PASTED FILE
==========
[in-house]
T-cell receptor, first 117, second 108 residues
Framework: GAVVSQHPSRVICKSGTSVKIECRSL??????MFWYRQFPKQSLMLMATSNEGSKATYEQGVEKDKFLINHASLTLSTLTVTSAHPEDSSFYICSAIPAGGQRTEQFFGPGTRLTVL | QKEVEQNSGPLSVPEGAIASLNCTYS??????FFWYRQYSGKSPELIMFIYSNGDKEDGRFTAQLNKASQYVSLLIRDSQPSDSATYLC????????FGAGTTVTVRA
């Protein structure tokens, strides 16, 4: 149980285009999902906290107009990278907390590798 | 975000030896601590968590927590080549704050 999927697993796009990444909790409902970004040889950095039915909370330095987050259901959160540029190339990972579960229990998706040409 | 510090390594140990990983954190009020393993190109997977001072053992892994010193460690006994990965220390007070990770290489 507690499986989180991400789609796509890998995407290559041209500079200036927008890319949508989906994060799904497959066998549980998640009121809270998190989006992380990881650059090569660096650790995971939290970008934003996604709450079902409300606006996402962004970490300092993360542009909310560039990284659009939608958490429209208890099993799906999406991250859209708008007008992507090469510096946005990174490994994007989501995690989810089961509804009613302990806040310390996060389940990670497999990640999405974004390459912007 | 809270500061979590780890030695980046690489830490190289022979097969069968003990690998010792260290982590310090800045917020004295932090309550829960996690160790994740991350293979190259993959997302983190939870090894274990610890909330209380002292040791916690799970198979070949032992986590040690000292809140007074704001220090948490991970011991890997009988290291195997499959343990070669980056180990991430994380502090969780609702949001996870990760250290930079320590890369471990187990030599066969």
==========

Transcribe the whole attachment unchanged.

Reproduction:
[in-house]
T-cell receptor, first 117, second 108 residues
Framework: GAVVSQHPSRVICKSGTSVKIECRSL??????MFWYRQFPKQSLMLMATSNEGSKATYEQGVEKDKFLINHASLTLSTLTVTSAHPEDSSFYICSAIPAGGQRTEQFFGPGTRLTVL | QKEVEQNSGPLSVPEGAIASLNCTYS??????FFWYRQYSGKSPELIMFIYSNGDKEDGRFTAQLNKASQYVSLLIRDSQPSDSATYLC????????FGAGTTVTVRA
């Protein structure tokens, strides 16, 4: 149980285009999902906290107009990278907390590798 | 975000030896601590968590927590080549704050 999927697993796009990444909790409902970004040889950095039915909370330095987050259901959160540029190339990972579960229990998706040409 | 510090390594140990990983954190009020393993190109997977001072053992892994010193460690006994990965220390007070990770290489 507690499986989180991400789609796509890998995407290559041209500079200036927008890319949508989906994060799904497959066998549980998640009121809270998190989006992380990881650059090569660096650790995971939290970008934003996604709450079902409300606006996402962004970490300092993360542009909310560039990284659009939608958490429209208890099993799906999406991250859209708008007008992507090469510096946005990174490994994007989501995690989810089961509804009613302990806040310390996060389940990670497999990640999405974004390459912007 | 809270500061979590780890030695980046690489830490190289022979097969069968003990690998010792260290982590310090800045917020004295932090309550829960996690160790994740991350293979190259993959997302983190939870090894274990610890909330209380002292040791916690799970198979070949032992986590040690000292809140007074704001220090948490991970011991890997009988290291195997499959343990070669980056180990991430994380502090969780609702949001996870990760250290930079320590890369471990187990030599066969």